Advertisement

Conclusion

  • Emelia Quinn
  • Benjamin Westwood
Chapter
Part of the Palgrave Studies in Animals and Literature book series (PSAAL)

Abstract

The conclusion recounts, in brief, the main aims of the collection: to establish veganism as a more complicated form of identity than is often supposed, to explore the intellectual resonances of its inconsistencies and complications, and to trace the ripples of the contemporary vegan moment across the humanities. By way of closing, Quinn and Westwood draw out three further questions raised by the essays, namely: its openness to painful or “wounding” knowledge, veganism’s performative nature, and the relation between vegan subjectivity and academic inquiry.

Works Cited

  1. Berlant, Lauren. 2011. Cruel Optimism. Durham: Duke University Press.CrossRefGoogle Scholar
  2. Coetzee, J. M. 2001. The Lives of Animals. Princeton: Princeton University Press.Google Scholar
  3. Diamond, Cora. 2009. The Difficulty of Reality and the Difficulty of Philosophy. Partial Answers: Journal of Literature and the History of Ideas 2 (1): 1–26.Google Scholar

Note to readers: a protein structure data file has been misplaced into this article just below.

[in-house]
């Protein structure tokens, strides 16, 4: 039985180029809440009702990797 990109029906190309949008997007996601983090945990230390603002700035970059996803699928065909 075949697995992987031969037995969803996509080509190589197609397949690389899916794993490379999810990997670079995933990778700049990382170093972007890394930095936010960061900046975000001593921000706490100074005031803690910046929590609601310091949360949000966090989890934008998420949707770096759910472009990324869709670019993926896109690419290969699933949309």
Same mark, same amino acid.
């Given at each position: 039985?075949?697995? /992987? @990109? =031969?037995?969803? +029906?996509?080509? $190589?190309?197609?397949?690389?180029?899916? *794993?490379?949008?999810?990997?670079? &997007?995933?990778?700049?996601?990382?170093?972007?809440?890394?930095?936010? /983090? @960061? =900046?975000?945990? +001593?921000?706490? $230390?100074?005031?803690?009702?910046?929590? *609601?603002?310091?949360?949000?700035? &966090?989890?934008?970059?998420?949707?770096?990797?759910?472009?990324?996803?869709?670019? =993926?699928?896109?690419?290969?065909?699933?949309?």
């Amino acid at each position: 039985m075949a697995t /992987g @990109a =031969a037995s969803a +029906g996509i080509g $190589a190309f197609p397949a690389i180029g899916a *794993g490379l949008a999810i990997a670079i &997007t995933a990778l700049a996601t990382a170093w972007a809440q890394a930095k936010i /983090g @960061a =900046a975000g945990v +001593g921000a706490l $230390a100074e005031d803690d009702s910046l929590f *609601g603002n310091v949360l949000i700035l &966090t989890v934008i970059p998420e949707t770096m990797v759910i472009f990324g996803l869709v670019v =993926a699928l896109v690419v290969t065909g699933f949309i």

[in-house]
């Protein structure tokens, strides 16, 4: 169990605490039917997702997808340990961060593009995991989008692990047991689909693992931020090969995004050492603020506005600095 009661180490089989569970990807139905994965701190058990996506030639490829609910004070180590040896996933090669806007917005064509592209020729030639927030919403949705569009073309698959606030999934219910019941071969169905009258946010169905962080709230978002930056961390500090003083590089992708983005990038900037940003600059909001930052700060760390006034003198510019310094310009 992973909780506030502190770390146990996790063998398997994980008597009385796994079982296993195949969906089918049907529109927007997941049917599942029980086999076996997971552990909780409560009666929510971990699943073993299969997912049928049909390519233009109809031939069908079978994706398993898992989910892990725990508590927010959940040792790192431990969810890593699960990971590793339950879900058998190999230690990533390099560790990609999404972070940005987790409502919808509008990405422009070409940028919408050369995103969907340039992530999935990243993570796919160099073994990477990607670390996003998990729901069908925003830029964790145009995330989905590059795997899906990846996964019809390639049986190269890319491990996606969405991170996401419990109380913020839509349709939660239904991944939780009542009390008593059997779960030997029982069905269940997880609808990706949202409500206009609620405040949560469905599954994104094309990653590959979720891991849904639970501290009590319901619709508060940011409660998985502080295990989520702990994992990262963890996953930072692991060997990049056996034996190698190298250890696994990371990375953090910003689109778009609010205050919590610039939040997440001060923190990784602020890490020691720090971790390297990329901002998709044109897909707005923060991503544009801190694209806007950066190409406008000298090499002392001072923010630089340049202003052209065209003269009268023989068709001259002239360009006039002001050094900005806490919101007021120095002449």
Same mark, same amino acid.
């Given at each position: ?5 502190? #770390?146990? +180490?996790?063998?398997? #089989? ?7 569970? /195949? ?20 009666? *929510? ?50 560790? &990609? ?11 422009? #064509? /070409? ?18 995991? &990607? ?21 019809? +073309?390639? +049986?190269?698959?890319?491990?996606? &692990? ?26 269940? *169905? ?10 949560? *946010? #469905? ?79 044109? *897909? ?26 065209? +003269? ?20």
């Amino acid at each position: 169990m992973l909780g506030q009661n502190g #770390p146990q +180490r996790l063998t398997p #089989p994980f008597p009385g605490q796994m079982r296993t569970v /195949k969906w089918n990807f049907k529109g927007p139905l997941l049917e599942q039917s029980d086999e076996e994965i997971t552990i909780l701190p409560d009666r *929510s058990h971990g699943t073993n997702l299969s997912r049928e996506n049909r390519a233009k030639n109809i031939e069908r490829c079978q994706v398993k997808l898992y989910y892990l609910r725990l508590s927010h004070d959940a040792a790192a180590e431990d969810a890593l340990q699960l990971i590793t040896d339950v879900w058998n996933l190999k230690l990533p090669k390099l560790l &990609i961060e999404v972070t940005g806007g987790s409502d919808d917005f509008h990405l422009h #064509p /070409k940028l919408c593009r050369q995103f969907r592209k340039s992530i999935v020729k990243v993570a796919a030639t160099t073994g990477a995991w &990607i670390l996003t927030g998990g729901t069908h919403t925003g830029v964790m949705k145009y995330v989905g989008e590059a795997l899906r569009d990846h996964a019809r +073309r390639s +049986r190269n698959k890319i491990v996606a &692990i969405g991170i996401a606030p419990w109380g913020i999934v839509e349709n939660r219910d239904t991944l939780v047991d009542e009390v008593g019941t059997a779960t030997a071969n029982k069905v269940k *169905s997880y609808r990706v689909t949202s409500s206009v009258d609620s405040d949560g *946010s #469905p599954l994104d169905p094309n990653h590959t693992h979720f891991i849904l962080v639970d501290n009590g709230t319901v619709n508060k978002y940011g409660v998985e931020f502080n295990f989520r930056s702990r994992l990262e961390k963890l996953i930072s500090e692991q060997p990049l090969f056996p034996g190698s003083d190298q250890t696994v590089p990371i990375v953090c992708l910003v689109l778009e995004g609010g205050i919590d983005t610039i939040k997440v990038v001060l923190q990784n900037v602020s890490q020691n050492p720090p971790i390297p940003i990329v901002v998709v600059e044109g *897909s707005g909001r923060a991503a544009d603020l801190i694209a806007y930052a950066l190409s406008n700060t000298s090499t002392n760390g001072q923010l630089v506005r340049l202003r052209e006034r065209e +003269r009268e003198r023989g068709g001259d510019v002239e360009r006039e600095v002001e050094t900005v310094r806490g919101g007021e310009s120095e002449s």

4. Muñoz, José Esteban. 2009. Cruising Utopia: The Then and There of Queer Futurity. New York: New York University Press.Google Scholar
  5. Salih, Sara. 2014. Vegans on the Verge of a Nervous Breakdown. In The Rise of Critical Animal Studies: From the Margins to the Centre, ed. Nik Taylor and Richard Twine, 52–68. Abingdon: Routledge.Google Scholar
  6. Snediker, Michael. 2009. Queer Optimism: Lyric Personhood and Other Felicitous Persuasions. Minneapolis: University of Minnesota Press.Google Scholar
  7. Steiner, Gary. 2013. Animals and the Limits of Postmodernism. New York: Columbia University Press.Google Scholar

Copyright information

© The Author(s) 2018

Authors and Affiliations

  • Emelia Quinn
    • 1
  • Benjamin Westwood
    • 2
  1. 1.Wolfson CollegeUniversity of OxfordOxfordUK
  2. 2.Wadham CollegeUniversity of OxfordOxfordUK

Personalised recommendations